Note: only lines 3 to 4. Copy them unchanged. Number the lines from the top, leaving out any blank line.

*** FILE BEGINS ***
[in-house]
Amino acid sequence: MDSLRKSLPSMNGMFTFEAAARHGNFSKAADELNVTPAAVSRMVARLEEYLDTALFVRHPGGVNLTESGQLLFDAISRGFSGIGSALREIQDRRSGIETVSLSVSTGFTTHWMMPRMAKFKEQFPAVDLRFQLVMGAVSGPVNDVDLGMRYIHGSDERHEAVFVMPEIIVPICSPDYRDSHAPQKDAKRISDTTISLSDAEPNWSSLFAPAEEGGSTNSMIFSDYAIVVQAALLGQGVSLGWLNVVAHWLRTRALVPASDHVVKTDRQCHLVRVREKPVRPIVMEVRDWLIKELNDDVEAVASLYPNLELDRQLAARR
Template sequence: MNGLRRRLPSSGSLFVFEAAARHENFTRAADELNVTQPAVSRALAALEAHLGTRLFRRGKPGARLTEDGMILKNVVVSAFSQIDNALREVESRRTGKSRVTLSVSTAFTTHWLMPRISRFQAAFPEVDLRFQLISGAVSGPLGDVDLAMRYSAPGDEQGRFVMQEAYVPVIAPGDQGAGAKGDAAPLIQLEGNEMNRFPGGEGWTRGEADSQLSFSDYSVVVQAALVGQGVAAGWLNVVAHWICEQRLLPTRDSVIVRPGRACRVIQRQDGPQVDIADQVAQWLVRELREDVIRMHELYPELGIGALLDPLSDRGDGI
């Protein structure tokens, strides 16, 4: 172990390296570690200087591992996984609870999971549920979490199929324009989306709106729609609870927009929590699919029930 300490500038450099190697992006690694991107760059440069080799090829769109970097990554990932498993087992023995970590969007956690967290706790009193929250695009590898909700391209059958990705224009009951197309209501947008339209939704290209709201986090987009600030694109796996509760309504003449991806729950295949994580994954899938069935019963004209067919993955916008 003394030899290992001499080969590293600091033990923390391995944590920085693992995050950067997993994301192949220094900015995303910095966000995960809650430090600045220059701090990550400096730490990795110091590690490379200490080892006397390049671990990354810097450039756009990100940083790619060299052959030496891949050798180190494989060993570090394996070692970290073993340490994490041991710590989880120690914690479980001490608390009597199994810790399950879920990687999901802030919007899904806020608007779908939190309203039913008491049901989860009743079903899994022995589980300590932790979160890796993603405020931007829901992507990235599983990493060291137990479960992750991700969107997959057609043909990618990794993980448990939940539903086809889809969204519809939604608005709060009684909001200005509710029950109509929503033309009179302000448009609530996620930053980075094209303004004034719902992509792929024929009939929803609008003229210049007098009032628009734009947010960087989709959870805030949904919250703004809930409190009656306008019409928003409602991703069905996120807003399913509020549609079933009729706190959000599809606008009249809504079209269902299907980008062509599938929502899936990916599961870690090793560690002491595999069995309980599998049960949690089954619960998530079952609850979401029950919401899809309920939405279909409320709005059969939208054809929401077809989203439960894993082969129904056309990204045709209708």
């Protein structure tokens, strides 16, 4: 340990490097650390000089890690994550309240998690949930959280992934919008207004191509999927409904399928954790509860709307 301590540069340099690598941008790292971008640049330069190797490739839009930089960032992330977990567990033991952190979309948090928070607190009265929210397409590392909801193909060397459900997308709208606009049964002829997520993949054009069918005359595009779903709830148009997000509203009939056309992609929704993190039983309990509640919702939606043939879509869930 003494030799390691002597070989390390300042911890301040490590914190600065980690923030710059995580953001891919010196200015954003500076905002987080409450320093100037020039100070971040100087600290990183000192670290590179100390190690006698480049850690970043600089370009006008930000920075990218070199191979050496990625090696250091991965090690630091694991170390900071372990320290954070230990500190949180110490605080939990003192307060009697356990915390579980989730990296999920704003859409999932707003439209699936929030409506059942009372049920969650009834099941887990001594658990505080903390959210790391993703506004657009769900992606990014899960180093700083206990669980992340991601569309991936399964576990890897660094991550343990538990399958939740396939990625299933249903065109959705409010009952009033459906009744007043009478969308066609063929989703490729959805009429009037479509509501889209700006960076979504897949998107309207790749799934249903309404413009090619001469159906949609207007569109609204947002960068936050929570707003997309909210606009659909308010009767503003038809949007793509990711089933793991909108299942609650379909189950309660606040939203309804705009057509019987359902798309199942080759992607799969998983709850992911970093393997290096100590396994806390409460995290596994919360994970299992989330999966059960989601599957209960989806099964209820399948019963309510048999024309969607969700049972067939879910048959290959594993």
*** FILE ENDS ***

Template sequence: MNGLRRRLPSSGSLFVFEAAARHENFTRAADELNVTQPAVSRALAALEAHLGTRLFRRGKPGARLTEDGMILKNVVVSAFSQIDNALREVESRRTGKSRVTLSVSTAFTTHWLMPRISRFQAAFPEVDLRFQLISGAVSGPLGDVDLAMRYSAPGDEQGRFVMQEAYVPVIAPGDQGAGAKGDAAPLIQLEGNEMNRFPGGEGWTRGEADSQLSFSDYSVVVQAALVGQGVAAGWLNVVAHWICEQRLLPTRDSVIVRPGRACRVIQRQDGPQVDIADQVAQWLVRELREDVIRMHELYPELGIGALLDPLSDRGDGI
């Protein structure tokens, strides 16, 4: 172990390296570690200087591992996984609870999971549920979490199929324009989306709106729609609870927009929590699919029930 300490500038450099190697992006690694991107760059440069080799090829769109970097990554990932498993087992023995970590969007956690967290706790009193929250695009590898909700391209059958990705224009009951197309209501947008339209939704290209709201986090987009600030694109796996509760309504003449991806729950295949994580994954899938069935019963004209067919993955916008 003394030899290992001499080969590293600091033990923390391995944590920085693992995050950067997993994301192949220094900015995303910095966000995960809650430090600045220059701090990550400096730490990795110091590690490379200490080892006397390049671990990354810097450039756009990100940083790619060299052959030496891949050798180190494989060993570090394996070692970290073993340490994490041991710590989880120690914690479980001490608390009597199994810790399950879920990687999901802030919007899904806020608007779908939190309203039913008491049901989860009743079903899994022995589980300590932790979160890796993603405020931007829901992507990235599983990493060291137990479960992750991700969107997959057609043909990618990794993980448990939940539903086809889809969204519809939604608005709060009684909001200005509710029950109509929503033309009179302000448009609530996620930053980075094209303004004034719902992509792929024929009939929803609008003229210049007098009032628009734009947010960087989709959870805030949904919250703004809930409190009656306008019409928003409602991703069905996120807003399913509020549609079933009729706190959000599809606008009249809504079209269902299907980008062509599938929502899936990916599961870690090793560690002491595999069995309980599998049960949690089954619960998530079952609850979401029950919401899809309920939405279909409320709005059969939208054809929401077809989203439960894993082969129904056309990204045709209708």